The last of the vegetables are out of the garden, and most of the flowers have bloomed their last bloom, but you’re outdoor work isn’t finished just yet.
Put a few more hours into your yard now, before winter, and you’ll ensure a healthier flowerbeds later. Plus, your yard will be easier to manage when it comes back to life in the spring.
Clean Out The Annuals
Get rid of anything that isn’t coming back next year. If you still have green beans coming in or mums that have yet to bloom, then leave them. Any plant that has run its course needs to be pulled out of the garden and laid to rest in the compost pile. The rotting plant matter can harbor insect eggs, spores and diseases, which can linger all winter and cause problems in the spring.
Work in your fertilizer or manure now before the ground freezes, so it can have time to settle in and replenish your soil before spring. If you prefer to use organic mulch, then leave a thick layer on top of your flowerbeds to add nutrients and keep the soil temperature consistent. Then when the weather turns cold, you can sleep easy that your annuals have a thick blanket of mulch to protect them.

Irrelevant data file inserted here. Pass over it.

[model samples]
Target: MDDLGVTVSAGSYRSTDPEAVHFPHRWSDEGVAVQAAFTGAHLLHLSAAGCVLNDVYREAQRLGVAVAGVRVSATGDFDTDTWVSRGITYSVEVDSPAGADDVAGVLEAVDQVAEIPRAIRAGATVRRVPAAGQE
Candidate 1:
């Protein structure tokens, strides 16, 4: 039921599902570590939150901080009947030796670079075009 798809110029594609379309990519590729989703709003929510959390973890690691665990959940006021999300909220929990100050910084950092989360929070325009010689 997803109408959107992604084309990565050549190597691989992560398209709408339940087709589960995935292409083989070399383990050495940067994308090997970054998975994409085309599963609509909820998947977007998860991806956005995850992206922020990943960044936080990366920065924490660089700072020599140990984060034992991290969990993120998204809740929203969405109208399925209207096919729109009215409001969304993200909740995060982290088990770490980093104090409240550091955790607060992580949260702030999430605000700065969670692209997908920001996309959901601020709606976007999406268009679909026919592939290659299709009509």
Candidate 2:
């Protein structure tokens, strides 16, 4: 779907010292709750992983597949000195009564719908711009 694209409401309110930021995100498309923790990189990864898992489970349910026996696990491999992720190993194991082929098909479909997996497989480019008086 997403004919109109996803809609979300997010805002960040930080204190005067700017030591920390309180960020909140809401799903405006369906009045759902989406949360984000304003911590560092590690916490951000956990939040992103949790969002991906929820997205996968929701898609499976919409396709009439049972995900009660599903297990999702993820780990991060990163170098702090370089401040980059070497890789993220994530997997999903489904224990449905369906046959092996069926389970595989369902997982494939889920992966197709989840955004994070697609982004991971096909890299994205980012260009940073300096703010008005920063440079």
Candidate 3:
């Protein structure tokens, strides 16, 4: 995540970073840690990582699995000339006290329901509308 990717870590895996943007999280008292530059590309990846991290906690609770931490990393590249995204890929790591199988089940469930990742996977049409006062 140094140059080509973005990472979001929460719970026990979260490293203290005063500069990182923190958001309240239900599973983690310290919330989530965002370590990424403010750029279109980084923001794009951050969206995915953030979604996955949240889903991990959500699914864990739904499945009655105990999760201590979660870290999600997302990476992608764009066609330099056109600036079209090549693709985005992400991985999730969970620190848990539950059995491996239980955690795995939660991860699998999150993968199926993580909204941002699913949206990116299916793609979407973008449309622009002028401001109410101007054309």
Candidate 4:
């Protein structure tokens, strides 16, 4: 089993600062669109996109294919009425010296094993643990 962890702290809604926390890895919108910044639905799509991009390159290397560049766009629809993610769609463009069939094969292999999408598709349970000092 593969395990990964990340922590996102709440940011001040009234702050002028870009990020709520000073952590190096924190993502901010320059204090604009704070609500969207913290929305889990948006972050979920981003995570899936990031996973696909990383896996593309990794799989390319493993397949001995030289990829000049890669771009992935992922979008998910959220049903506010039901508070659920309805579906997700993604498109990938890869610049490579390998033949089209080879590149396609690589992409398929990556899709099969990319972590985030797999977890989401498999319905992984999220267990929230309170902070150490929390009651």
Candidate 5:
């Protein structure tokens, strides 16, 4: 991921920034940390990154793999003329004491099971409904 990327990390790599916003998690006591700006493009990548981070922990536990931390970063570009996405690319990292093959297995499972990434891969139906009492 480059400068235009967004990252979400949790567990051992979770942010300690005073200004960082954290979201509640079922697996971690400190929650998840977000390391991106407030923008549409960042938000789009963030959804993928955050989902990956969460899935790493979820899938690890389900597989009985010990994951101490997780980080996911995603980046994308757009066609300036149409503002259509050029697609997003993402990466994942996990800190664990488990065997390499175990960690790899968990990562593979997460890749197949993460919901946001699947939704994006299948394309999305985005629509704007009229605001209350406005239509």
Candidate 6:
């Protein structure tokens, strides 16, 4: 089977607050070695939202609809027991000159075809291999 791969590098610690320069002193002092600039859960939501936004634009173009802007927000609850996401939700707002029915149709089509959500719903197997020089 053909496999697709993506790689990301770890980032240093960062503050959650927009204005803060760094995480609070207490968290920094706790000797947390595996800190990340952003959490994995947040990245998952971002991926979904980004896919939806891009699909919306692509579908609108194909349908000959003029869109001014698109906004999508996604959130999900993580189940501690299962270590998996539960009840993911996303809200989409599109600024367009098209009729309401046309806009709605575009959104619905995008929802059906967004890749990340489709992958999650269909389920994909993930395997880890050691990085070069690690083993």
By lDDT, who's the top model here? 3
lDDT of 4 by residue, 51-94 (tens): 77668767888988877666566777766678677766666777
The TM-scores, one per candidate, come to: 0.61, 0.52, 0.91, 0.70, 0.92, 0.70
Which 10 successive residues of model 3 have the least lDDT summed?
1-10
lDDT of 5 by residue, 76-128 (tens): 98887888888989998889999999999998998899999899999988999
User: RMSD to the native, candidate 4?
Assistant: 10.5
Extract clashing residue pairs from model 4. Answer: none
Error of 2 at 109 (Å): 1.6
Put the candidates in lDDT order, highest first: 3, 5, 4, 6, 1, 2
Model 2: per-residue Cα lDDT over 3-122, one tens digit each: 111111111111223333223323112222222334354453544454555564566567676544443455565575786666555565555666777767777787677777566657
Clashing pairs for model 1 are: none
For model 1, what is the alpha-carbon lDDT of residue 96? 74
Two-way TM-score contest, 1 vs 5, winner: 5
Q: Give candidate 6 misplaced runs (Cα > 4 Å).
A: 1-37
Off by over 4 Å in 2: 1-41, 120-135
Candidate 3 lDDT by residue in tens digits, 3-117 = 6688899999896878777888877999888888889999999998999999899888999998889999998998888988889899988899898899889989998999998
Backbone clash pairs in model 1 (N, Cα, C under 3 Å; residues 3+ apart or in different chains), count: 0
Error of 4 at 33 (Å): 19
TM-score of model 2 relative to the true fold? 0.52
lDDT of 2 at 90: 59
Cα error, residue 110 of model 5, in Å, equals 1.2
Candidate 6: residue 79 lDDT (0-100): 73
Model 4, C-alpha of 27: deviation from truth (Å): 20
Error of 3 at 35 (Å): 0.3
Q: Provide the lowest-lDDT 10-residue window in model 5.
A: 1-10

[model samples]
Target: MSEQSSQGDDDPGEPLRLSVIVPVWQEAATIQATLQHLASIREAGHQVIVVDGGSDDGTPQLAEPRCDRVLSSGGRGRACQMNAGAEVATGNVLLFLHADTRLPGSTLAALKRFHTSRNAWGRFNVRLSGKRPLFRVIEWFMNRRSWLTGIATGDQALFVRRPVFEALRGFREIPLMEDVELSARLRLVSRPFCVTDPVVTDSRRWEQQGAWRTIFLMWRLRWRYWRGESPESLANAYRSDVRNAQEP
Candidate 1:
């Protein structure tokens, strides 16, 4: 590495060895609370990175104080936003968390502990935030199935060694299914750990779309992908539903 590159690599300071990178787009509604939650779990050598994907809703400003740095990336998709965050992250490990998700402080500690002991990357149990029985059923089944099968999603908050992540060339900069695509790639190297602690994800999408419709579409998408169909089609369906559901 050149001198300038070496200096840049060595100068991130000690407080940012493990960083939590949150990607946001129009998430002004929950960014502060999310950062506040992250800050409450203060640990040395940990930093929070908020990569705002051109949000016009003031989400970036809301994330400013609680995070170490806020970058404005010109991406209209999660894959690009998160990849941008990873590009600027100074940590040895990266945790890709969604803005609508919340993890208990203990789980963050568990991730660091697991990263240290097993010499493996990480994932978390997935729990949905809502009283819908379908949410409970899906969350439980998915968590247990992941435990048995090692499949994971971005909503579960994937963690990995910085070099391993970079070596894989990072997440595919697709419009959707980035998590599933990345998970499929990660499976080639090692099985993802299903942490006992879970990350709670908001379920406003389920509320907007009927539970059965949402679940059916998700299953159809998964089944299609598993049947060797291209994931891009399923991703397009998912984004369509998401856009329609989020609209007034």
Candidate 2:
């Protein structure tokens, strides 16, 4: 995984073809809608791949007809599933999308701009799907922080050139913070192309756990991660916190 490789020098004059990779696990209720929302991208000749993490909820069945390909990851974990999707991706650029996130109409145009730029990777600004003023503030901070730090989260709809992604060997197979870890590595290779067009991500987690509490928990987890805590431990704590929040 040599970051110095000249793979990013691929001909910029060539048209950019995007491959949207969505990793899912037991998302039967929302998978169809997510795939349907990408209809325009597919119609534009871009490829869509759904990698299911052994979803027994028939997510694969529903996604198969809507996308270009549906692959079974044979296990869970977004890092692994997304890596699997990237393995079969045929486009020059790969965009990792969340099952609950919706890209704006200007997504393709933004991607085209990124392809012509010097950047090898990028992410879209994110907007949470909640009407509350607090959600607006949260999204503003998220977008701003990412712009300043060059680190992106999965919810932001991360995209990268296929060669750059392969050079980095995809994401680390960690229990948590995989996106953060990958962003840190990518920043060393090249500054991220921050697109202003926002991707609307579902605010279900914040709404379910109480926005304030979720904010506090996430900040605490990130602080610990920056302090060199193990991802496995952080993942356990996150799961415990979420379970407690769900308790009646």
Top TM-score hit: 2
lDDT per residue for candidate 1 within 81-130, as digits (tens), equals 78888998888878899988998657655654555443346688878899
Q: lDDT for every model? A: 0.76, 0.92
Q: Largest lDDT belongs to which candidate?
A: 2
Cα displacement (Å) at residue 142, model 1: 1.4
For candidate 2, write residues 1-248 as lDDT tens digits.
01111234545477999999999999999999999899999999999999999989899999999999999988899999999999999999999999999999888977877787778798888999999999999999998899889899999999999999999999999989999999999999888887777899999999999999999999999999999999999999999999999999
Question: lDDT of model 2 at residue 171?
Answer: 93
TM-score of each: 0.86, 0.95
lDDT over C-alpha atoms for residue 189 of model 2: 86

Protect Your Young
The tender bark of your shrubs and saplings are an irresistible meal for all of those scavenging critters out there. Be sure to wrap up the trunks of young trees with wire and set up burlap screens for your shrubs.
The fall is a great time to trim up your trees and bushes. Start by cutting off anything dead, dying or disease ridden. Be sure not to let those problems spread over winter. Then trim up overlapping branches and anything that is fast growing near the ground. Don’t trim everything though. Plants that bloom in the spring need to be trimmed now, before winter, but summer-blooming plants should be completely dormant before any pruning. Wait until winter for your late bloomers.
A little extra work in the Fall can mean a healthier and more manageable yard in the spring. When you’re shoveling the driveway for the first time this winter, you can rest assured that your garden is tucked in for winter — safe and sound.
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